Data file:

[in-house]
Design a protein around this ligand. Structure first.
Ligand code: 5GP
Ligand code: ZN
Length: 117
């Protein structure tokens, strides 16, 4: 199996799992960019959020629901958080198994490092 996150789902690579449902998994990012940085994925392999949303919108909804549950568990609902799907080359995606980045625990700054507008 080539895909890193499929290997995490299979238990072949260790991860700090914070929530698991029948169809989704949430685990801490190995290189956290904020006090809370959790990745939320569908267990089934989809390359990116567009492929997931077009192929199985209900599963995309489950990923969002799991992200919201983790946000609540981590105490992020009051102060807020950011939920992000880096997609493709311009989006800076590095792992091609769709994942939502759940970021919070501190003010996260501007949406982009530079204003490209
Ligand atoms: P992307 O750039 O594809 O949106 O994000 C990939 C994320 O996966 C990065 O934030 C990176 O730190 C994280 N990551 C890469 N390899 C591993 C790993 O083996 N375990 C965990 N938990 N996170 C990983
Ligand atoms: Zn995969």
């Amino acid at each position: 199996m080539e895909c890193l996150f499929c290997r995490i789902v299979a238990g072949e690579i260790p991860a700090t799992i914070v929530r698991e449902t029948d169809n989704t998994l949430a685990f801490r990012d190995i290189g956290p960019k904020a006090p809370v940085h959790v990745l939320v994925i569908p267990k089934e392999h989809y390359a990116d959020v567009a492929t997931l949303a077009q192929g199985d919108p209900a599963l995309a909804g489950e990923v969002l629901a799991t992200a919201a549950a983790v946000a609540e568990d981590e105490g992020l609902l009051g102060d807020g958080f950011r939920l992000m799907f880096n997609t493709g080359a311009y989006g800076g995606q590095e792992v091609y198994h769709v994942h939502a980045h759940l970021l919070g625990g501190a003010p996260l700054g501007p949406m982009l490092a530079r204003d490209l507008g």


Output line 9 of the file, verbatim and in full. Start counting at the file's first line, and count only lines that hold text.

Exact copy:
């Amino acid at each position: 199996m080539e895909c890193l996150f499929c290997r995490i789902v299979a238990g072949e690579i260790p991860a700090t799992i914070v929530r698991e449902t029948d169809n989704t998994l949430a685990f801490r990012d190995i290189g956290p960019k904020a006090p809370v940085h959790v990745l939320v994925i569908p267990k089934e392999h989809y390359a990116d959020v567009a492929t997931l949303a077009q192929g199985d919108p209900a599963l995309a909804g489950e990923v969002l629901a799991t992200a919201a549950a983790v946000a609540e568990d981590e105490g992020l609902l009051g102060d807020g958080f950011r939920l992000m799907f880096n997609t493709g080359a311009y989006g800076g995606q590095e792992v091609y198994h769709v994942h939502a980045h759940l970021l919070g625990g501190a003010p996260l700054g501007p949406m982009l490092a530079r204003d490209l507008g």